A couple weeks ago my beloved Blackhawks were mired in a miserable 9 game losing streak. The only positive to the slump seemed to be the late start times on the west coast that saved me the disappointment of watching. But last week the Hawks turned things around. They have gone on to win four straight, and it turns out the late games weren’t the only good thing about the slump. A common refrain in the Hawks’ locker room recently has been that the lessons they learned in the slump are what led them to beat the hated Red Wings, an extremely hot Blues team, and the point leading Rangers.
It is interesting how it can take struggles for us to grow. When we are rolling along like the Hawks were at the start of the season, we can become complacent. We tend to believe we have everything together and we can sweep our shortcomings under the rug. Anyone with an ounce of hockey sense could see months ago that the Hawks were struggling on special teams (the power play and penalty kill) and that the goaltender play was not up to par. But when you continue to win it’s easy to ignore the deficiencies… until they jump up and bite you.
That’s exactly what happened when the Hawks went on their skid, but here they are in the midst of a four game win streak because the losing streak forced them to tighten up the penalty kill and Corey Crawford has made some adjustments in net (now if we can just get that power play rolling).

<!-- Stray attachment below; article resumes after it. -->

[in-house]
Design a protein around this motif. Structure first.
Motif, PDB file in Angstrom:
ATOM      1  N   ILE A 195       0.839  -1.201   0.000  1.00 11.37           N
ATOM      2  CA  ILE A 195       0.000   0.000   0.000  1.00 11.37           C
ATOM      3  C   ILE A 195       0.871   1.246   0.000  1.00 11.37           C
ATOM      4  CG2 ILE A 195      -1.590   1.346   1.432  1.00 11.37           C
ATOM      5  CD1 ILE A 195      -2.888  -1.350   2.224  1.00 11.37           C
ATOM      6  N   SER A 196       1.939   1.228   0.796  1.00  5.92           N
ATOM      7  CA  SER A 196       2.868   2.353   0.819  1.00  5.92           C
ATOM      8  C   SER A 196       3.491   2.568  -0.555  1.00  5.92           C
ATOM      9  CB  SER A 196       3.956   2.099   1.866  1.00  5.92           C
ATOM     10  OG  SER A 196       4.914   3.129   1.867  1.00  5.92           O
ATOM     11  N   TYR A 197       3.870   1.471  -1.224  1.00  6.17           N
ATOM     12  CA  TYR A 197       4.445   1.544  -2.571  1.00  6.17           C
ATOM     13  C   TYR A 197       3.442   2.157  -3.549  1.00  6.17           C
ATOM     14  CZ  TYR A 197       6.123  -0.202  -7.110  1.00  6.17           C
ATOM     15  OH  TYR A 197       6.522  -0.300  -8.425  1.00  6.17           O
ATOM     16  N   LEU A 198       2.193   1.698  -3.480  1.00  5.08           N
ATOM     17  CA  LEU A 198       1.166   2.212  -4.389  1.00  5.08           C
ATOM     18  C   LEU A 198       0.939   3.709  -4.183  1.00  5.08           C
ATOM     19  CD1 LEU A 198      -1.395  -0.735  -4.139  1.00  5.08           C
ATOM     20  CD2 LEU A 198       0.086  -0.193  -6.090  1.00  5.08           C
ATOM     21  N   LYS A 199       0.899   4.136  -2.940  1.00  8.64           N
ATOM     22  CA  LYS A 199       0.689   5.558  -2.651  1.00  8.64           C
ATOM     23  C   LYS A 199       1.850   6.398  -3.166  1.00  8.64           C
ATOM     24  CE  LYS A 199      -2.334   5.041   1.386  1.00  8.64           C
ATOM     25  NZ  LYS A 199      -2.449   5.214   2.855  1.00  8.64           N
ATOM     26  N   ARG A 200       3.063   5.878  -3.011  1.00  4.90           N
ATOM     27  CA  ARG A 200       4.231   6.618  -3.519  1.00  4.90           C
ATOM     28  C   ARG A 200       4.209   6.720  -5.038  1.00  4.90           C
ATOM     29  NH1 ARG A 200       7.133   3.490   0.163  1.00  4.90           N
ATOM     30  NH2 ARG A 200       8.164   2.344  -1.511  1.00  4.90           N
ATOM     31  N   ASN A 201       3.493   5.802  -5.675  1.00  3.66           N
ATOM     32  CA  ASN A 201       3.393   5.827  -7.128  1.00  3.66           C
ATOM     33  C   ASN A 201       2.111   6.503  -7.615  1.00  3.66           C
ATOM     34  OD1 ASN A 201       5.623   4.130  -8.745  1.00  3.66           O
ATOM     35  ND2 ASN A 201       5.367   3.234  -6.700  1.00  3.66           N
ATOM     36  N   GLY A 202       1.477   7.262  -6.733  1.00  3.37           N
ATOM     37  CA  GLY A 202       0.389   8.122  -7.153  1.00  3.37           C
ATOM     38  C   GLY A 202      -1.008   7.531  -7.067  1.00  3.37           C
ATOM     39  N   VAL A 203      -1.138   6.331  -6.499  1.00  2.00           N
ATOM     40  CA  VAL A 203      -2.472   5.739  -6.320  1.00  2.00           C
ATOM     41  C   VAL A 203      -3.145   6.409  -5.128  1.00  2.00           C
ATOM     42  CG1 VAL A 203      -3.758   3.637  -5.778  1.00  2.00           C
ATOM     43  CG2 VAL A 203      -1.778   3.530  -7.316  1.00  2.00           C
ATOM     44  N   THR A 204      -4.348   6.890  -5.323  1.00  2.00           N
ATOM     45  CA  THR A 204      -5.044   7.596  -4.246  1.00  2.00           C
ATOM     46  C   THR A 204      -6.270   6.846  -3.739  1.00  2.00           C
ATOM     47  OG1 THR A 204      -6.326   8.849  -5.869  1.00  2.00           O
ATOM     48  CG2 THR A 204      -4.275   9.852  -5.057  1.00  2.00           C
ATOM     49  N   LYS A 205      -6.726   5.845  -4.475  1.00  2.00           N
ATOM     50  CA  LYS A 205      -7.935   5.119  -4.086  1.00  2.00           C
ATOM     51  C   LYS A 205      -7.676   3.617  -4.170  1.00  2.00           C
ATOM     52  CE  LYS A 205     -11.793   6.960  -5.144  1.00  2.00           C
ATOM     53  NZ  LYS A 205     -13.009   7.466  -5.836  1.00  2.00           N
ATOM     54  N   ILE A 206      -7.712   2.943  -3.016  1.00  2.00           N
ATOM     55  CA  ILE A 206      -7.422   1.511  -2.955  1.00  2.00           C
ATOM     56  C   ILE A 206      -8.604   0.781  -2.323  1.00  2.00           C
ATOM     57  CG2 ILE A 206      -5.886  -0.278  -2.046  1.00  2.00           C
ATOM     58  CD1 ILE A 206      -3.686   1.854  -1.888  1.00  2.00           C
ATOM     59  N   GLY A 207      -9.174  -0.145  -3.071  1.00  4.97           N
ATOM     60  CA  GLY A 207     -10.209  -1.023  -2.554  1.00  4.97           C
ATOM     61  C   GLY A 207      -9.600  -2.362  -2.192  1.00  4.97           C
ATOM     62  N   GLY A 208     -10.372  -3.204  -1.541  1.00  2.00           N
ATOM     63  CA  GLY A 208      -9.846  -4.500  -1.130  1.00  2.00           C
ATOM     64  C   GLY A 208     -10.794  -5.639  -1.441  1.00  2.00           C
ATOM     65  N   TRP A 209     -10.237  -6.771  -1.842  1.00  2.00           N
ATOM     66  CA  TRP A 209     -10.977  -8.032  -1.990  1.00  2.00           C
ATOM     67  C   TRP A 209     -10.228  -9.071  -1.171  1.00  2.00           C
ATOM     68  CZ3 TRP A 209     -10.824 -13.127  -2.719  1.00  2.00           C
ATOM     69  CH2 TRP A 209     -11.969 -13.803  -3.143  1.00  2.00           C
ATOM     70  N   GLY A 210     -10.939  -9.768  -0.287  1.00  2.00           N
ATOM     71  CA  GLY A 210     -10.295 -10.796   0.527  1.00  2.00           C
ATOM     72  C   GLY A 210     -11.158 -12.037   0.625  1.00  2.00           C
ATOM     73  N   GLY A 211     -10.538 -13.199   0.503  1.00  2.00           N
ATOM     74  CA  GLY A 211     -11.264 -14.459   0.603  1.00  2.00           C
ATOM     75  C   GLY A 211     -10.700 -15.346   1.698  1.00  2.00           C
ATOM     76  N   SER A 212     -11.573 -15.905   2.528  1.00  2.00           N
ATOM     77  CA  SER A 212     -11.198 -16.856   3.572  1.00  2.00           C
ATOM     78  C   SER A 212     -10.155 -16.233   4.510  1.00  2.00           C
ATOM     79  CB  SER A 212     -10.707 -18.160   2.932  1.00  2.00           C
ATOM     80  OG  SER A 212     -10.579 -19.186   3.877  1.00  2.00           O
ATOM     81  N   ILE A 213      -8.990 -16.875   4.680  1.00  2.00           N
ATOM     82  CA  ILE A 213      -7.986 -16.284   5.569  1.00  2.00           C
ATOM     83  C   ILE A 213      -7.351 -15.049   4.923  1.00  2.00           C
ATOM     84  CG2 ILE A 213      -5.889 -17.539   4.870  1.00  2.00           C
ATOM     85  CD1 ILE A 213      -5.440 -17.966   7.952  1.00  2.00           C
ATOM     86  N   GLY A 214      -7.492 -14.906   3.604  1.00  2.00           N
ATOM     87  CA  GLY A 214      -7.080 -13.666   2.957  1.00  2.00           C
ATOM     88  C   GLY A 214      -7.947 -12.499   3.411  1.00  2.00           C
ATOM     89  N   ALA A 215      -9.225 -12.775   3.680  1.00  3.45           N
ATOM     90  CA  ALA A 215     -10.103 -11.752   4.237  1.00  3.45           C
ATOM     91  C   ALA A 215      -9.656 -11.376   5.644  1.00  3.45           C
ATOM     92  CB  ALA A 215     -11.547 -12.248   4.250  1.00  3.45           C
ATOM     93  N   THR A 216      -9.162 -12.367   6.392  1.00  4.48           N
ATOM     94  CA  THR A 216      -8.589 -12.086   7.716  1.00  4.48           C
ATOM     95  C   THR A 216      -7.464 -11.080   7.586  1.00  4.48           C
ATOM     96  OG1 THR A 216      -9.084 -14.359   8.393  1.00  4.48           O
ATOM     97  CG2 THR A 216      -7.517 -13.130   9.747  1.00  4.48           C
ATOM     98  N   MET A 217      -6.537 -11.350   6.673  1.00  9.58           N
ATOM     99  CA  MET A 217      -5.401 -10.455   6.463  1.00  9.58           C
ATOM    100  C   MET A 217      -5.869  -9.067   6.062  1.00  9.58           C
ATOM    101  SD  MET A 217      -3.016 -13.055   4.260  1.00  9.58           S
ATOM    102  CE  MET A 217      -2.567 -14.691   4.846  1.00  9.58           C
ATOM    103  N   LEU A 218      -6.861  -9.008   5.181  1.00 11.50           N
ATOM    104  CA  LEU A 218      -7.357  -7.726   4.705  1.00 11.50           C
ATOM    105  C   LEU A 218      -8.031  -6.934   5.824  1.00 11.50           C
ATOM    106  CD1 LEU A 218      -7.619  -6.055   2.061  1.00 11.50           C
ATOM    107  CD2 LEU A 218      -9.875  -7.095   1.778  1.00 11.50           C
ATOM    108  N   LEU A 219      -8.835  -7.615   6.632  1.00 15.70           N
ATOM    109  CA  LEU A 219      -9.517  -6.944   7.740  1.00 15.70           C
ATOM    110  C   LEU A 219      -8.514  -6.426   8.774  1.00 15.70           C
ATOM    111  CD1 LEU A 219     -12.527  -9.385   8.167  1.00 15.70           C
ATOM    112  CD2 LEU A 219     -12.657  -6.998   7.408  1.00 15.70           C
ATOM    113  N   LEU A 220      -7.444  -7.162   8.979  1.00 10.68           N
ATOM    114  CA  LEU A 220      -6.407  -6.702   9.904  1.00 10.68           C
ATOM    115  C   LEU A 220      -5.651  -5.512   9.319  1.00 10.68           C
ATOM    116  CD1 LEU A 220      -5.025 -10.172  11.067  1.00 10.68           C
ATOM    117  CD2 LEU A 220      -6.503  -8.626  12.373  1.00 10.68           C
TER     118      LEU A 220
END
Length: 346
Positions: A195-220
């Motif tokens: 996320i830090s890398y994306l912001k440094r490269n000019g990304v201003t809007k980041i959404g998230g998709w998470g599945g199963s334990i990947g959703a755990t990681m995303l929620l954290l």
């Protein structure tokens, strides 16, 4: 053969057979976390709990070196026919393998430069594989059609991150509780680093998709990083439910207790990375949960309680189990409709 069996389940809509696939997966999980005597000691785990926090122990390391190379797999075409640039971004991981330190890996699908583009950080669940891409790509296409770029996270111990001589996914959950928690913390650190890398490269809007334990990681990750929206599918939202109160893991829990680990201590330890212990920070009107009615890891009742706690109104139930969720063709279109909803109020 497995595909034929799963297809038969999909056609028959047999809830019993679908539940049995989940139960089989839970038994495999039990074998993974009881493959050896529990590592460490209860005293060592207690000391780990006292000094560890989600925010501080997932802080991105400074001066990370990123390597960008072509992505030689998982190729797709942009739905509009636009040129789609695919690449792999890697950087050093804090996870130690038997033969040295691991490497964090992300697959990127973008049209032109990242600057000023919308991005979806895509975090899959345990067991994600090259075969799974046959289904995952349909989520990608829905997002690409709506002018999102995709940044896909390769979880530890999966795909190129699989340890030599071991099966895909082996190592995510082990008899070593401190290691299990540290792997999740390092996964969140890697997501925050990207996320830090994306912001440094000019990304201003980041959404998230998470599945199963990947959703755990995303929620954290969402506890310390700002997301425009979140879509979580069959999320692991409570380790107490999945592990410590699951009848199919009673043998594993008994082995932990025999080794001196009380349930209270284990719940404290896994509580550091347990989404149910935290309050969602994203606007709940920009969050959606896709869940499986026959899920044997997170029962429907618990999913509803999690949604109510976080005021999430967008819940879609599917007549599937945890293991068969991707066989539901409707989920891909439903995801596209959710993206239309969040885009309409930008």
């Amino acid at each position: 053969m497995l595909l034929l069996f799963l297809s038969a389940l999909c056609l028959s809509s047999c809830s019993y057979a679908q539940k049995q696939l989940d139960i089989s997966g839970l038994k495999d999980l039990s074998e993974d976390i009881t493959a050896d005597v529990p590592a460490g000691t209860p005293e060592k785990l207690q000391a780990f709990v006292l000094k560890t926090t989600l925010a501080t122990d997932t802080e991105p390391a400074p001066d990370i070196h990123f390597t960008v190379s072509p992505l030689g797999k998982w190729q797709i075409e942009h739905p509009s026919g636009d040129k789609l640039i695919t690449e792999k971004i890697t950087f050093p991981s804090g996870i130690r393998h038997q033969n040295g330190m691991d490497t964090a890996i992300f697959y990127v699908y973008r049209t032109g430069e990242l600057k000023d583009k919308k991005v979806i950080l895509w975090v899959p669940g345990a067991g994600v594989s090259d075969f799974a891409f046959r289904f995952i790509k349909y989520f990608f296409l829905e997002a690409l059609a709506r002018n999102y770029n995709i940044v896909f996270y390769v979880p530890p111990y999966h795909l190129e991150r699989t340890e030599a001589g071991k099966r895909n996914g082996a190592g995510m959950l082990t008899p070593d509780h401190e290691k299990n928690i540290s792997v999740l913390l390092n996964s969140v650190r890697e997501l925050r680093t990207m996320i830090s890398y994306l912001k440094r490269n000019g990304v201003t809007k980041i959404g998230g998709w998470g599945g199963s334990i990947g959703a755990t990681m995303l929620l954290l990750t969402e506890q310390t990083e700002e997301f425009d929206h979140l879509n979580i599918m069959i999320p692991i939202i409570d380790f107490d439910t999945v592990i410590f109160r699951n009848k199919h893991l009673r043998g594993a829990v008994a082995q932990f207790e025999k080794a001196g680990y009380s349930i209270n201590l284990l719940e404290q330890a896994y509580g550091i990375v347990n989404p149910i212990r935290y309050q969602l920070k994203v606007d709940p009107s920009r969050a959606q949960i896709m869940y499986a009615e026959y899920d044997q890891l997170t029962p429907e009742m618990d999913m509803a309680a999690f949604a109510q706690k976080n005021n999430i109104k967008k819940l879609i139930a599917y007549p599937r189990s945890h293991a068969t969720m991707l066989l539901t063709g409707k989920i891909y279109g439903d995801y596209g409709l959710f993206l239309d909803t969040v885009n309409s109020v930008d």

So why am I writing about the Blackhawks’ turn around in a blog about faith? In the same way that struggles initiated growth for the Hawks, I believe that struggle is an important catalyst for growth in our lives as well. I’ve always said that I believe we will grow more through a month of trials than a year of good times. When times are good we get comfortable. We lose our intention toward growth, and we often do whatever we can to protect our comfort. In tough times our struggles come front and center. We lose our masks and are forced to look in the mirror and see ourselves for who we really are. In the middle of struggles we tend to be more willing to do the hard work necessary for growth.
What if we were to embrace struggle? I don’t mean to suggest that we take embracing our struggles to the extreme and wallow in our pain, but what if we embrace it for the opportunity that it is? What if we saw the challenges we face not as something to avoid or survive, but something to wade into and thrive in the midst of? As we enter the Lenten season, a time of reflection on the passion of Jesus, what if we committed to change the way we view trials and pain? What if we start to see them as the chance to grow? What if we decide to see them as an important catalyst for our transformation into the people that God created us to be?